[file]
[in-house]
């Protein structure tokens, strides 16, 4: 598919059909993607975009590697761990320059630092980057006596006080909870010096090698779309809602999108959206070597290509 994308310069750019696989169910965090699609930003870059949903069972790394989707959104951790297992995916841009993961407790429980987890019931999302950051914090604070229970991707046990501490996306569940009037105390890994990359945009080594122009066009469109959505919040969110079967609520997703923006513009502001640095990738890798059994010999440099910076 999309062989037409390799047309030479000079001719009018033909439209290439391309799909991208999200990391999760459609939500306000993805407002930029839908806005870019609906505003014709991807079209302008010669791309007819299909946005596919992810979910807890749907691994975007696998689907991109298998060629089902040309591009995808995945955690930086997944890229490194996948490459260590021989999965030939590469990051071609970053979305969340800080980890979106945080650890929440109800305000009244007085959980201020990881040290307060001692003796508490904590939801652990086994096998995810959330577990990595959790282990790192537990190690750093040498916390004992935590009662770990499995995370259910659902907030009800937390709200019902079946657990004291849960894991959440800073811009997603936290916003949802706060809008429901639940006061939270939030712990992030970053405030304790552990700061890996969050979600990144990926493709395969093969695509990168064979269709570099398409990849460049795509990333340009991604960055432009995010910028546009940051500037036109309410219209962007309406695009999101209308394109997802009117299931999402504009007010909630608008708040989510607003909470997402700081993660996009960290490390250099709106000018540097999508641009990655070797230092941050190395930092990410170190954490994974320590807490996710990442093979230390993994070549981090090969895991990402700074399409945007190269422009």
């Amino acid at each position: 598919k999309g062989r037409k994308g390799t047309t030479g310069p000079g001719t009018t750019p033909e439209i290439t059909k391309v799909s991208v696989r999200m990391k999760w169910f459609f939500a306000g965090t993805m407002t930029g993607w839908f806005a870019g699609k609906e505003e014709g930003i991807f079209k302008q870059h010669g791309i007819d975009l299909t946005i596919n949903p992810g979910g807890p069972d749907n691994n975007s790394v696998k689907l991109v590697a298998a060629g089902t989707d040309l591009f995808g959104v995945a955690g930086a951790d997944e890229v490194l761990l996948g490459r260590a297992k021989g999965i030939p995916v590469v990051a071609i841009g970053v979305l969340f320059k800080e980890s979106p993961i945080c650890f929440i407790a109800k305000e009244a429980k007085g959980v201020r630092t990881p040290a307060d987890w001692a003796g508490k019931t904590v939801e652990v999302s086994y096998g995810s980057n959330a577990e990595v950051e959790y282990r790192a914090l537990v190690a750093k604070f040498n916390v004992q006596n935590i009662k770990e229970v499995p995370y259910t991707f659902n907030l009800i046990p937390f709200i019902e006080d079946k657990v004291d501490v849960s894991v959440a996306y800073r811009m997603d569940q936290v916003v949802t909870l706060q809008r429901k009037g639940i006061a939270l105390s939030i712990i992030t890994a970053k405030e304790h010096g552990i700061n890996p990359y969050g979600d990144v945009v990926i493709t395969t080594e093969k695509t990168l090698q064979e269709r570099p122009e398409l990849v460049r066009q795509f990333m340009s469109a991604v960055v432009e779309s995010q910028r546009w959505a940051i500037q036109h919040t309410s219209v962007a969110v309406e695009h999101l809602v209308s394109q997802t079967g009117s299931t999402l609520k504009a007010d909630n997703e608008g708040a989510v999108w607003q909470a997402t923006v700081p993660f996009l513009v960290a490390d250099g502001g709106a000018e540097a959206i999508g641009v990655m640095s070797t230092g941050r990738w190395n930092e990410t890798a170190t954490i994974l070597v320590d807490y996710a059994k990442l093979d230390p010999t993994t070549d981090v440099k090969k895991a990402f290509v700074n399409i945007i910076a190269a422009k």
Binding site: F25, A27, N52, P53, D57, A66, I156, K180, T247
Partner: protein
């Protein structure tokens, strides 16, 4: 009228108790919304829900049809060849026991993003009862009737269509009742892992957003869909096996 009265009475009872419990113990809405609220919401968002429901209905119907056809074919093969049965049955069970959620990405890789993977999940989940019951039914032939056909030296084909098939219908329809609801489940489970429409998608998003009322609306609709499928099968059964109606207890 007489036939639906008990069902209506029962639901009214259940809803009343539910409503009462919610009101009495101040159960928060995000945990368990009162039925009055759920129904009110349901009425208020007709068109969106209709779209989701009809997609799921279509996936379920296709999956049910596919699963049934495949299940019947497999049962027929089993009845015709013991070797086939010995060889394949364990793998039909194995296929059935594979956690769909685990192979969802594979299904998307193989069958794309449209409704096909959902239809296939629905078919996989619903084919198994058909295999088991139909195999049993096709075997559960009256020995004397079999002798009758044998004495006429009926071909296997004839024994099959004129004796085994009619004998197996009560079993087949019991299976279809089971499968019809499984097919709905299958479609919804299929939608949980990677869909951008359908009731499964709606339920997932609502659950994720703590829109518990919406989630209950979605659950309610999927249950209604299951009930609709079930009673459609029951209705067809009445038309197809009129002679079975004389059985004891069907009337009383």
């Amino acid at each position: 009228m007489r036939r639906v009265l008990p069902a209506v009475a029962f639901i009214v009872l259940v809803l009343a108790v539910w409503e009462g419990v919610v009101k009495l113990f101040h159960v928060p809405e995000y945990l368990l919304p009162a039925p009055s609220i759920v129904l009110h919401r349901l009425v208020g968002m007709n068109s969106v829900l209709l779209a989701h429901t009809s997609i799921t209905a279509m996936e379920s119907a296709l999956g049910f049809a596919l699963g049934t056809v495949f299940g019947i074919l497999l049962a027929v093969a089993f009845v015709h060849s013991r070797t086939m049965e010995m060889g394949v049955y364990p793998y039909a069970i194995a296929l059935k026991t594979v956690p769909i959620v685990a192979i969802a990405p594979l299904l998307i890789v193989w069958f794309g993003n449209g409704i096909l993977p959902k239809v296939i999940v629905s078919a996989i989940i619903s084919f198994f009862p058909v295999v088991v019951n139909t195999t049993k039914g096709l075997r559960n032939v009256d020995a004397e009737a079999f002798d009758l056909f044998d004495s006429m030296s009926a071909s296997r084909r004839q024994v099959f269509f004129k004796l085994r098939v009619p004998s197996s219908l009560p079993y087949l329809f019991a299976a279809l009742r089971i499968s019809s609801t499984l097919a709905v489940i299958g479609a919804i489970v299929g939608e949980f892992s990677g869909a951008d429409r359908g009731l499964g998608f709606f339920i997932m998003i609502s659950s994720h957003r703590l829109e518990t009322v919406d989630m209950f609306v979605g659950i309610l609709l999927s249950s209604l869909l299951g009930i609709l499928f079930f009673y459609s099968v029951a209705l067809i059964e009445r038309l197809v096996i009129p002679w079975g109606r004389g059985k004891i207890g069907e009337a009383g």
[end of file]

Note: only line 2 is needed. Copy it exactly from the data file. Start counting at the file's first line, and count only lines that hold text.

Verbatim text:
């Protein structure tokens, strides 16, 4: 598919059909993607975009590697761990320059630092980057006596006080909870010096090698779309809602999108959206070597290509 994308310069750019696989169910965090699609930003870059949903069972790394989707959104951790297992995916841009993961407790429980987890019931999302950051914090604070229970991707046990501490996306569940009037105390890994990359945009080594122009066009469109959505919040969110079967609520997703923006513009502001640095990738890798059994010999440099910076 999309062989037409390799047309030479000079001719009018033909439209290439391309799909991208999200990391999760459609939500306000993805407002930029839908806005870019609906505003014709991807079209302008010669791309007819299909946005596919992810979910807890749907691994975007696998689907991109298998060629089902040309591009995808995945955690930086997944890229490194996948490459260590021989999965030939590469990051071609970053979305969340800080980890979106945080650890929440109800305000009244007085959980201020990881040290307060001692003796508490904590939801652990086994096998995810959330577990990595959790282990790192537990190690750093040498916390004992935590009662770990499995995370259910659902907030009800937390709200019902079946657990004291849960894991959440800073811009997603936290916003949802706060809008429901639940006061939270939030712990992030970053405030304790552990700061890996969050979600990144990926493709395969093969695509990168064979269709570099398409990849460049795509990333340009991604960055432009995010910028546009940051500037036109309410219209962007309406695009999101209308394109997802009117299931999402504009007010909630608008708040989510607003909470997402700081993660996009960290490390250099709106000018540097999508641009990655070797230092941050190395930092990410170190954490994974320590807490996710990442093979230390993994070549981090090969895991990402700074399409945007190269422009």